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Tuesday, March 20, 2007

Found Poem

Bouncing around today, I found How To Catch a Lion in the Sahara Desert.

I'd call its original form an unintentional prose poem, but I've taken the liberty of inserting line breaks and doing some editing to turn it into the following (which I may attempt to record sometime in the next few days):

Found Poem (How To Catch a Lion in the Sahara Desert)

1. Theoretical Physics Methods

The Dirac method

Assert that wild lions can
ipso facto not be observed
in the Sahara desert.

if there are any lions at all
in the desert, they are tame.

The capture of a tame lion is left
as an exercise for the reader.

The Schrödinger method

At every instant there is
a non-zero probability
of the lion being in the cage.

Sit and wait.

The Quantum Measurement method

Assume that the sex of the lion
is ab initio indeterminate.

The wave function for the lion
is hence a superposition

of the gender eigenstate
for a lion and that for a lioness.

Lay these eigenstates out flat
on the ground and orthogonal

to each other. Since the (male)
lion has a distinctive mane,

the measurement of sex can
safely be made from a distance,

using binoculars. Because the observer
affects the observed the lion then collapses

into one of the eigenstates, which
is rolled up and placed inside the cage.

The Nuclear Physics method

Insert a tame lion into the cage
and apply a Majorana exchange
operator on it and a wild lion.

As a variant assume
you would like to catch
(for argument's sake) a male lion:

Insert a tame female lion
into the cage and apply the
Heisenberg exchange operator,
exchanging spins.

The Newton method

Cage and lion attract each other
with gravitational force.

Forget the friction. The lion will
arrive in the cage sooner or later.

The Special Relativistic method

Move over the desert
at light velocity.

The relativistic length contraction
makes the lion flat as paper.

Take the lion, roll it up,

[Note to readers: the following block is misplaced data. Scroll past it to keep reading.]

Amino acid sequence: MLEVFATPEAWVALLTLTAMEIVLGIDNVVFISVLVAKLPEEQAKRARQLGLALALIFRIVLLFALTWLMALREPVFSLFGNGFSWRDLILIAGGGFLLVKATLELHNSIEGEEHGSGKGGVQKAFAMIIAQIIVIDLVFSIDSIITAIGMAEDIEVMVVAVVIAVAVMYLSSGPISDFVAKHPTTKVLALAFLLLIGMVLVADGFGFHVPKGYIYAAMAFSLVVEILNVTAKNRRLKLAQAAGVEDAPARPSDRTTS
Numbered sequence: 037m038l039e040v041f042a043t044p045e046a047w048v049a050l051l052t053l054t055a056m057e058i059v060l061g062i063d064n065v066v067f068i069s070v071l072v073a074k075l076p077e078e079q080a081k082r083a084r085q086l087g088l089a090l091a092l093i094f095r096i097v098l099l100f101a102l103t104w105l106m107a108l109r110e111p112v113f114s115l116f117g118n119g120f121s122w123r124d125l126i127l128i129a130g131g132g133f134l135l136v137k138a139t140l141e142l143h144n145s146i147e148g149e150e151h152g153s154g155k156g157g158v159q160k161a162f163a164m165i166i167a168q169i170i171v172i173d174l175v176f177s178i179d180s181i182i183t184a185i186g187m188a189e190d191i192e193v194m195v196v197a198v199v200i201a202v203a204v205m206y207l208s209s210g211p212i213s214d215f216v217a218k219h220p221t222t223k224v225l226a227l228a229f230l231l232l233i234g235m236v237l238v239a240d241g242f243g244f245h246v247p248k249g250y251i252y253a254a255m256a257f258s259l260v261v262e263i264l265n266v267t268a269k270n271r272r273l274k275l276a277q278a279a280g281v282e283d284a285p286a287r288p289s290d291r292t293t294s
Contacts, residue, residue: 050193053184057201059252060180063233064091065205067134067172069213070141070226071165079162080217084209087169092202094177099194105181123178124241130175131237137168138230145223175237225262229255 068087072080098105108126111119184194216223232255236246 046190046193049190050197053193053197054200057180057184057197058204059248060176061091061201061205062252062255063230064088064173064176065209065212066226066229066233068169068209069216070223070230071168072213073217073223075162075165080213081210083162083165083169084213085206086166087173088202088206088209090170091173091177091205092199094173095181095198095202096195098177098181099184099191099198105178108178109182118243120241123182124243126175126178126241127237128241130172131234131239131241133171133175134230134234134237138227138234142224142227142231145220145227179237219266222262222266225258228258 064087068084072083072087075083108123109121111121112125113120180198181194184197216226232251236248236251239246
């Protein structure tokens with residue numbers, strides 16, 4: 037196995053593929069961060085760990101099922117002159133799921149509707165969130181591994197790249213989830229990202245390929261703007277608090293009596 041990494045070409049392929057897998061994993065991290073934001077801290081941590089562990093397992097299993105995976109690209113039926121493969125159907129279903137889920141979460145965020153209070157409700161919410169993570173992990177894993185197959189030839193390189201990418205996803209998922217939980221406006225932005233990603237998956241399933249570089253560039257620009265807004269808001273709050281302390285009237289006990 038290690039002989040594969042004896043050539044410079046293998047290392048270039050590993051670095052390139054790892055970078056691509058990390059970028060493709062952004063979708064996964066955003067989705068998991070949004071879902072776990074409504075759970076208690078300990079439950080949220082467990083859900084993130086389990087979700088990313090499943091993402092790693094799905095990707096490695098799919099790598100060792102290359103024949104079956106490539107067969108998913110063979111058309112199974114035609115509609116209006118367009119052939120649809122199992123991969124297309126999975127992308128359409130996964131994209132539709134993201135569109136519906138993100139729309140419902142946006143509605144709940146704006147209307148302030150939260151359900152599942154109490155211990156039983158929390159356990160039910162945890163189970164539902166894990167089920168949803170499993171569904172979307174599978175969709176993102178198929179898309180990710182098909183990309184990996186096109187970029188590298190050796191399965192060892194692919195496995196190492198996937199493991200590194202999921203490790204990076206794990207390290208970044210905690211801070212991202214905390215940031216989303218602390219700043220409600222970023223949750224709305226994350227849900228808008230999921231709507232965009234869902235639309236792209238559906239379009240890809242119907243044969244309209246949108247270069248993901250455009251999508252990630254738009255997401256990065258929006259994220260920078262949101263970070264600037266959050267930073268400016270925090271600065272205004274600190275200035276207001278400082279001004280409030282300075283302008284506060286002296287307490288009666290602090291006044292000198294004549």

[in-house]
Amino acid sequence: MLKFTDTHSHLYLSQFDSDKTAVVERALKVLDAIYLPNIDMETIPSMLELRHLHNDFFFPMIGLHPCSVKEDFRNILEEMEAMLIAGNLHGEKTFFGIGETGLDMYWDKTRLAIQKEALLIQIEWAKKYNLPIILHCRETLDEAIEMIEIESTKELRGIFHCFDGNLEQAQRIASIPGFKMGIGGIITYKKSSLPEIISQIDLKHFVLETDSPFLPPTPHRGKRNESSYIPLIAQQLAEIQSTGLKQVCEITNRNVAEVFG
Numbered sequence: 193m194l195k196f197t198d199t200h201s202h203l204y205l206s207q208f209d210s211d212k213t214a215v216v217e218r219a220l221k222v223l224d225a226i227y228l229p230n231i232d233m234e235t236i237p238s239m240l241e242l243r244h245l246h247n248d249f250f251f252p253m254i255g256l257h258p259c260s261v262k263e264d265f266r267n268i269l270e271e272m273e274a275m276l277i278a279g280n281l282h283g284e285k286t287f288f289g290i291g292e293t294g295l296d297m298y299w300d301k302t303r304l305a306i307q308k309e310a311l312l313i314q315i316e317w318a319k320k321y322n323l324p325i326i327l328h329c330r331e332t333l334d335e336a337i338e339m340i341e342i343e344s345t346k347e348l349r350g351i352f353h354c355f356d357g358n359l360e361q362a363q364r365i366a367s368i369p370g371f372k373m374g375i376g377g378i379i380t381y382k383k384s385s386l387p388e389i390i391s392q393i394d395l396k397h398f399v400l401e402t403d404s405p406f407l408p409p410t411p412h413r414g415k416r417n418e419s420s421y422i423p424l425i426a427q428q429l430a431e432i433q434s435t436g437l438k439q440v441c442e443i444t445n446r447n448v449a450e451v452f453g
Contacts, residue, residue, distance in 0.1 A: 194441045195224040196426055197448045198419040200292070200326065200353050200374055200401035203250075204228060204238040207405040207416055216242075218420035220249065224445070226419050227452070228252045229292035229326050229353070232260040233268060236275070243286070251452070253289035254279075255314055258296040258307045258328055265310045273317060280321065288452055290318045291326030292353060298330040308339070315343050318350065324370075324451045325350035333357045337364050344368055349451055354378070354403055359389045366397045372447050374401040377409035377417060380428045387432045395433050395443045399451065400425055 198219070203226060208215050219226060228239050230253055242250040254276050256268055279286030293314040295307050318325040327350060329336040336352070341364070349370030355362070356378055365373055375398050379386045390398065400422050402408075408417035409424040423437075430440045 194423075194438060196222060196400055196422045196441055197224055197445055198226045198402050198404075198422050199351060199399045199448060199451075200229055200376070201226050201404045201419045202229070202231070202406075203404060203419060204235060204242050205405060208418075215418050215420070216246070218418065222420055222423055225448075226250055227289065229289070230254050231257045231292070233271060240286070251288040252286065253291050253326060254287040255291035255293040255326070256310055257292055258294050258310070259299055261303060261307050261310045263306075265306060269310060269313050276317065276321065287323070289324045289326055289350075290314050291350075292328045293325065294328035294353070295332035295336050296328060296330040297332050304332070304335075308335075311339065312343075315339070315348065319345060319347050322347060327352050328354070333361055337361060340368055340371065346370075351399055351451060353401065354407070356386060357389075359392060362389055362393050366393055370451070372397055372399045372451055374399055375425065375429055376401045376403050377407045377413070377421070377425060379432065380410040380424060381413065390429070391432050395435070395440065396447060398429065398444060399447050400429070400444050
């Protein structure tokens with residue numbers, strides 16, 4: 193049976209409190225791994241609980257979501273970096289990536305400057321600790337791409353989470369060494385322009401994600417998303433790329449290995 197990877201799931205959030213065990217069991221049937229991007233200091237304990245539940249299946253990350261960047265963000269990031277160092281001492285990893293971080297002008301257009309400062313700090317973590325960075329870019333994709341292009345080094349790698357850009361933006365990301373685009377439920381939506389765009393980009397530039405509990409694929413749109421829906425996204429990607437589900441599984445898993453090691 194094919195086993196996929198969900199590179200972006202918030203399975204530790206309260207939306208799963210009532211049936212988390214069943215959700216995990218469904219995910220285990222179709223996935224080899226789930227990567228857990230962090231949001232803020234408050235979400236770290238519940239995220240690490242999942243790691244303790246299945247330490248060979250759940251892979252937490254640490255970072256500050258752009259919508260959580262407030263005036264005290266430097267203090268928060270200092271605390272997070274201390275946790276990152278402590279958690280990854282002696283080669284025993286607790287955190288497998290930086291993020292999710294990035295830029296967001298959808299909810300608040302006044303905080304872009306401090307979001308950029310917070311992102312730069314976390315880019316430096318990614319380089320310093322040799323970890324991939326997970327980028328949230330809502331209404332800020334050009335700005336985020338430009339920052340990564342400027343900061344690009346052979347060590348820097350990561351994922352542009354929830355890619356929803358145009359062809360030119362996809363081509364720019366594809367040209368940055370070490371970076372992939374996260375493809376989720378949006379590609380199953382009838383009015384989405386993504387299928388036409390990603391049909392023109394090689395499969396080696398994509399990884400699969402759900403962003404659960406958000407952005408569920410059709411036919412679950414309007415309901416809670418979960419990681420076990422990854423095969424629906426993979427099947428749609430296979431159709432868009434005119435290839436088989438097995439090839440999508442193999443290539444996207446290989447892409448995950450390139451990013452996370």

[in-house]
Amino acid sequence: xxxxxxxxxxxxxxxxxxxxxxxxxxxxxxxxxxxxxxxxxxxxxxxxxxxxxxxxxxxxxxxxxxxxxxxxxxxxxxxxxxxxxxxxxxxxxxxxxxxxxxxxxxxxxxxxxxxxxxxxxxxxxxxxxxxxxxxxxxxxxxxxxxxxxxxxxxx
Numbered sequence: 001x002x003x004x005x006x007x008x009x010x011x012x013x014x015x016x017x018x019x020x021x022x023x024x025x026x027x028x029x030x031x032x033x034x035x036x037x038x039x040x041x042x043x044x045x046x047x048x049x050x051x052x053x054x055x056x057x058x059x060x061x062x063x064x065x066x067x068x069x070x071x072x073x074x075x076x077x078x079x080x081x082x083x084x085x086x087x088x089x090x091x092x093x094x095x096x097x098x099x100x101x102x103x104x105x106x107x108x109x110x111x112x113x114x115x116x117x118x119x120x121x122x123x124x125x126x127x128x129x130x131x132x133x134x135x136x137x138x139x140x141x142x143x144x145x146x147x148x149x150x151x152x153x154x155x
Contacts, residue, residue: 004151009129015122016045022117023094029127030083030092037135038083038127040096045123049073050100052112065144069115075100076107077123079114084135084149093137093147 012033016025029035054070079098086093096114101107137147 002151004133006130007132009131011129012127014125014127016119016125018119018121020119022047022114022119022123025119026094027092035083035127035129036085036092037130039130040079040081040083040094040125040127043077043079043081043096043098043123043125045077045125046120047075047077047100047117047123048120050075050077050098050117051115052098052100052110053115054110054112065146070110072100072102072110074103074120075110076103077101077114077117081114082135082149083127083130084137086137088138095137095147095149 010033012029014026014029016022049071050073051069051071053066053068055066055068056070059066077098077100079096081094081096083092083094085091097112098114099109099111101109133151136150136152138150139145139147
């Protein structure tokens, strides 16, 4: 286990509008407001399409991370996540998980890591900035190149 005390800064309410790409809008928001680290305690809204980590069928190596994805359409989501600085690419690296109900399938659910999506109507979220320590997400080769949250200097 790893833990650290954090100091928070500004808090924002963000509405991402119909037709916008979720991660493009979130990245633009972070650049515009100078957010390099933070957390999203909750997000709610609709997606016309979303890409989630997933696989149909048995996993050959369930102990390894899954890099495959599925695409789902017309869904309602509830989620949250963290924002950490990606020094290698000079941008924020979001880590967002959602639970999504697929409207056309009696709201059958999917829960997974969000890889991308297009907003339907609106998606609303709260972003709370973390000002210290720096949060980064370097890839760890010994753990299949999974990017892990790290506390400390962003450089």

and put a rubber band around it.

The General Relativistic method

All over the desert distribute
lion bait containing large amounts
of the companion star of Sirius.

After enough of the bait has been eaten,
send a beam of light through the desert.

This will curl around the lion,
confusing it completely.
The lion may then be approached
without danger.

The Heisenberg method

Position and velocity
of a moving lion can not be measured
at the same time.

As moving lions
have no physically meaningful position
in the desert, they cannot be caught.

The lion hunt can therefore
be limited to lions at rest.

The capture of a lion at rest
is left as an exercise for the reader.

2. Experimental Physics Methods

The Thermodynamics method

Construct a semi-permeable
membrane which lets everything
but lions pass through.
Drag this across the desert.

The Atomic Fission method

Irradiate the desert with slow neutrons.
The lion becomes radioactive
and begins to disintegrate.

Once the disintegration process
is far enough along
the lion will be unable to resist.

The Magneto-Optical method

Plant a large, lens shaped field
with cat mint (nepeta cataria)
so that its axis is parallel
to the direction of the horizontal
component of the earth's magnetic field.

Put the cage in one of the field's foci.
Throughout the desert, distribute
large amounts of magnetized spinach
(spinacia oleracea) which has,
as everyone knows, a high iron content.

The spinach is eaten by vegetarian
desert inhabitants which in turn are
eaten by the lions.

Afterwards the lions are oriented parallel
to the earth's magnetic field